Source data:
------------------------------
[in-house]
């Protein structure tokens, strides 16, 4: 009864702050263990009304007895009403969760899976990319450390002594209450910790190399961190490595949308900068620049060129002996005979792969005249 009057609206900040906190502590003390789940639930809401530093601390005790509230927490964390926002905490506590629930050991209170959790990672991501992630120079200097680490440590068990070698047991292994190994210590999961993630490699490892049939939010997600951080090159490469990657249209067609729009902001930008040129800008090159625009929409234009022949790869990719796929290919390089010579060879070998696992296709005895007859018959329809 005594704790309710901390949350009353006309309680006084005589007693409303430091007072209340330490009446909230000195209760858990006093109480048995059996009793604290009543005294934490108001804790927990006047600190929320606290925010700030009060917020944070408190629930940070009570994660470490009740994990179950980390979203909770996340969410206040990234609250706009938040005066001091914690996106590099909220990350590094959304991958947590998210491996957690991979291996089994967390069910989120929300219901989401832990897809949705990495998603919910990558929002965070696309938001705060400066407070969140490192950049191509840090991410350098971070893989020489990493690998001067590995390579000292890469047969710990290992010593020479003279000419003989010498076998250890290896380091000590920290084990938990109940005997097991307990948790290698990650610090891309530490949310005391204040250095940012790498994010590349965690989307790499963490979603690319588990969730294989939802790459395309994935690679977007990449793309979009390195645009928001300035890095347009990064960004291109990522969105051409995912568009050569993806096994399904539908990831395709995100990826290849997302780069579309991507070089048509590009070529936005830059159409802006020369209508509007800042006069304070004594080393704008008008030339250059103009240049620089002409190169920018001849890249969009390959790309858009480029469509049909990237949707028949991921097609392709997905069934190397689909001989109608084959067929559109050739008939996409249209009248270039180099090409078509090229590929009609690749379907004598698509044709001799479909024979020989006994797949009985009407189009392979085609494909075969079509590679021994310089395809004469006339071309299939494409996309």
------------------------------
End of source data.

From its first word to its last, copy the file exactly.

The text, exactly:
[in-house]
């Protein structure tokens, strides 16, 4: 009864702050263990009304007895009403969760899976990319450390002594209450910790190399961190490595949308900068620049060129002996005979792969005249 009057609206900040906190502590003390789940639930809401530093601390005790509230927490964390926002905490506590629930050991209170959790990672991501992630120079200097680490440590068990070698047991292994190994210590999961993630490699490892049939939010997600951080090159490469990657249209067609729009902001930008040129800008090159625009929409234009022949790869990719796929290919390089010579060879070998696992296709005895007859018959329809 005594704790309710901390949350009353006309309680006084005589007693409303430091007072209340330490009446909230000195209760858990006093109480048995059996009793604290009543005294934490108001804790927990006047600190929320606290925010700030009060917020944070408190629930940070009570994660470490009740994990179950980390979203909770996340969410206040990234609250706009938040005066001091914690996106590099909220990350590094959304991958947590998210491996957690991979291996089994967390069910989120929300219901989401832990897809949705990495998603919910990558929002965070696309938001705060400066407070969140490192950049191509840090991410350098971070893989020489990493690998001067590995390579000292890469047969710990290992010593020479003279000419003989010498076998250890290896380091000590920290084990938990109940005997097991307990948790290698990650610090891309530490949310005391204040250095940012790498994010590349965690989307790499963490979603690319588990969730294989939802790459395309994935690679977007990449793309979009390195645009928001300035890095347009990064960004291109990522969105051409995912568009050569993806096994399904539908990831395709995100990826290849997302780069579309991507070089048509590009070529936005830059159409802006020369209508509007800042006069304070004594080393704008008008030339250059103009240049620089002409190169920018001849890249969009390959790309858009480029469509049909990237949707028949991921097609392709997905069934190397689909001989109608084959067929559109050739008939996409249209009248270039180099090409078509090229590929009609690749379907004598698509044709001799479909024979020989006994797949009985009407189009392979085609494909075969079509590679021994310089395809004469006339071309299939494409996309």